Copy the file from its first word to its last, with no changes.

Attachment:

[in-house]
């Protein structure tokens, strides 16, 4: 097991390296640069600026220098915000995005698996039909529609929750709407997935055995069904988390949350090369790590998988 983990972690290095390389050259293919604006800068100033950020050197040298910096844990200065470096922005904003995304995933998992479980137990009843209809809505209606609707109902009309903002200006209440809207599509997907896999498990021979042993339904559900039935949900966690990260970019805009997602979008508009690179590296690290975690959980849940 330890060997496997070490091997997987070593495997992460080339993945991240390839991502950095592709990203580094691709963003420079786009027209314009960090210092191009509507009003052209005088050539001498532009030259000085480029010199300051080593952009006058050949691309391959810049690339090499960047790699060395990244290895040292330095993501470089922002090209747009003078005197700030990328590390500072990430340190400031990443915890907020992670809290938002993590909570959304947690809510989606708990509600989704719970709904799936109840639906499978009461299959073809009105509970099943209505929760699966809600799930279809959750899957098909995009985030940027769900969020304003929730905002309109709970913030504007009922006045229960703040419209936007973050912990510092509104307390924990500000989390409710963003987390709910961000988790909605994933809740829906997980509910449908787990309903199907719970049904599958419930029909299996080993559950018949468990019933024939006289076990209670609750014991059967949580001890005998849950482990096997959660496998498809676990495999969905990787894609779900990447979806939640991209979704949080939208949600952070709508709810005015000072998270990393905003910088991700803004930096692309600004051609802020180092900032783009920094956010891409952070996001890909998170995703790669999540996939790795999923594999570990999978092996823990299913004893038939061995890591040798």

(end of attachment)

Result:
[in-house]
């Protein structure tokens, strides 16, 4: 097991390296640069600026220098915000995005698996039909529609929750709407997935055995069904988390949350090369790590998988 983990972690290095390389050259293919604006800068100033950020050197040298910096844990200065470096922005904003995304995933998992479980137990009843209809809505209606609707109902009309903002200006209440809207599509997907896999498990021979042993339904559900039935949900966690990260970019805009997602979008508009690179590296690290975690959980849940 330890060997496997070490091997997987070593495997992460080339993945991240390839991502950095592709990203580094691709963003420079786009027209314009960090210092191009509507009003052209005088050539001498532009030259000085480029010199300051080593952009006058050949691309391959810049690339090499960047790699060395990244290895040292330095993501470089922002090209747009003078005197700030990328590390500072990430340190400031990443915890907020992670809290938002993590909570959304947690809510989606708990509600989704719970709904799936109840639906499978009461299959073809009105509970099943209505929760699966809600799930279809959750899957098909995009985030940027769900969020304003929730905002309109709970913030504007009922006045229960703040419209936007973050912990510092509104307390924990500000989390409710963003987390709910961000988790909605994933809740829906997980509910449908787990309903199907719970049904599958419930029909299996080993559950018949468990019933024939006289076990209670609750014991059967949580001890005998849950482990096997959660496998498809676990495999969905990787894609779900990447979806939640991209979704949080939208949600952070709508709810005015000072998270990393905003910088991700803004930096692309600004051609802020180092900032783009920094956010891409952070996001890909998170995703790669999540996939790795999923594999570990999978092996823990299913004893038939061995890591040798």